Richard III - Public Image - Negative
The Princes in the Tower:
It was widely believed that Richard III had killed the Princes. He spread vicious rumours of his nephews illegitimacy and made no attempt to deny the rumours of his murdering them. This lowered his image as it made him look like a child murderer.
Sons Death 1484 and Wifes Death 1485:
After these deaths he made it known his plans to marry Elizabeth Woodvilles eldest daughter - his niece! This opened him up to rumours of incest and his poisoning his wife. He eventually had to make a public statement infront of Lords, Aldermen and the Mayor of London denying this.
Usurpation of the Throne:
Divine right of Kings! Made him look weak and cruel.
Richard III - Public Image - Positive
Somewhat good image:
Appeared to be a deeply religious, God-fearing, just and fair Monarch.
Outlawed the highly unpopular benevolences which had been obligatory gifts under Edward VI's reign and who had relied on them.
Created a new law protecting accused felons from loosing their goods before they were convincted.
These were popular decisions as the public was loosing less money at the hands of the Monarchy and he gained more public support - this was vital under his shaky reign.
Richard III - Nobility - Negative
After he ordered the death of Hastings who had previously been one of Edward IV's most loyal supporters - Richard knew he would object to taking the throne - the rest of his nobles were forced to make a decision and pick a side. Most of the nobles then sided with Richard more for practicality than real loyalty - they didn't want to fall out of favour with him.
His image also made him more unpopular with his Nobles. Those who had been loyal to Edward IV resented how he usurped the throne, and the rumours of his murdering the Princes in the Tower led to further unpopularity. This would later come back to haunt him, particularly in the Battle of Bosworth when several of his key Nobles chose to side with Henry VII rather than himself.
He also favouritised his Nobles in the North, rewarding them with money and land farmore often than those in the South. This caused resentment amongst his Nobles and therefore more tension, as well as less loyalty to him from those in the South. He also gave many of his Nobles from the North central, important roles in Government and pushed those from the South out.
Richard III - Woodville's and Henry Tudor
Richard's desire to marry his niece Elizabeth, alienated the enemies of the Woodville factionas they did not want a restoration of Woodville influence. Richard then made this worse when he began to re-associate himself with the Woodville's in order to show the public that he was reconciled to the new regime, rather than supporting Henry Tudors cause. This was unwise as it pushed away his supporters and meant in the long-term the Woodville's may have been restored to power.
His popularity was growing throughout Richards short reign. The rebels involved in Buckingham's rebellion wanted him crowned king no matter how remote his claim andinvited him back from exile in France during their rebellion. Richard therefore used propaganda to try and stop this. In 1484 he had Henry VI exhumed and reburied in St Georges chapel and became patron to his foundation at Kings College, Cambridge. When Henry invaded however, Richard was still unpopular and the Kingdom was far from secure, therefore making it easier for him to win in the Battle of Bosworth.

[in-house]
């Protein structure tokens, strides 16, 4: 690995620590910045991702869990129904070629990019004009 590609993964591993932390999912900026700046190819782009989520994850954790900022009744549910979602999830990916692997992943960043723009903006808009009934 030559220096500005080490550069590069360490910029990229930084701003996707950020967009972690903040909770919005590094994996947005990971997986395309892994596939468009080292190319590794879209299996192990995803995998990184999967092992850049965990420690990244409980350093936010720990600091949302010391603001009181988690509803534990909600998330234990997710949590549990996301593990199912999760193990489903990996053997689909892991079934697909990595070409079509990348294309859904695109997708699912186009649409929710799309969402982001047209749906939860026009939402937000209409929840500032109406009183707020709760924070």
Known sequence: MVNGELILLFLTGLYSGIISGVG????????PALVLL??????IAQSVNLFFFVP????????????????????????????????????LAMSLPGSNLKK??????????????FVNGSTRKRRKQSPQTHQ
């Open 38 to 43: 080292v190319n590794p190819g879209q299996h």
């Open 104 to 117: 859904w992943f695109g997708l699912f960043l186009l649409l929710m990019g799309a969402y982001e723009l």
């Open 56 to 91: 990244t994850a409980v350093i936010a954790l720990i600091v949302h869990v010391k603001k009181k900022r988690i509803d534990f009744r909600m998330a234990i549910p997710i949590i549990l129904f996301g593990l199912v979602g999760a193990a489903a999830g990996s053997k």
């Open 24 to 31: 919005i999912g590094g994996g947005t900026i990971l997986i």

Richard III - Buckingham's Rebellion
The Duke of Buckingham had previously been one of Richard III's greatest allies, however in a startling U-Turn possibly inspired by the Woodville faction, he chose to try and save the Princes before it was too late.
Himself and the rebels started to instead support the claim of Henry Tudor and invited him back from exile in Brittany, whilst a plan was hatched to marry him to Edward VI's eldest daughter in order to reinforce his claim.
Richard raised an impressive army and marched south. The revolt was suppressed without a fight however, and following the arrest of flight of many of the rebels, Buckingham's estates and several of the other 'traitors' were seized by the King and given to his supporters. This was before this was legalised in Parliamentary Acts of Attainder, several of which followed in 1484.
Financial Policy - Negative
Not entirely his own fault, but he still made bad choices and these affected his popularity.
After Buckingham's Rebellion 1483, the War with Scotland and Richards preparations for an inevitable invasion from Henry Tudor, money was running extremely short.
Richard therefore had to often rely on forced loans from the public to pay off his debts which lowered his popularity. This was worsened as he had ruled out benevolences and the public was therefore unused to paying money to the King.
This was also a shock as Edward IV had been very financially successful and had died solvent, so going from stability to massive debts made his kingdom seem more insecure.
Richard had also claimed that he was living off his own, but this was shown to be untrue, again lowering his public image.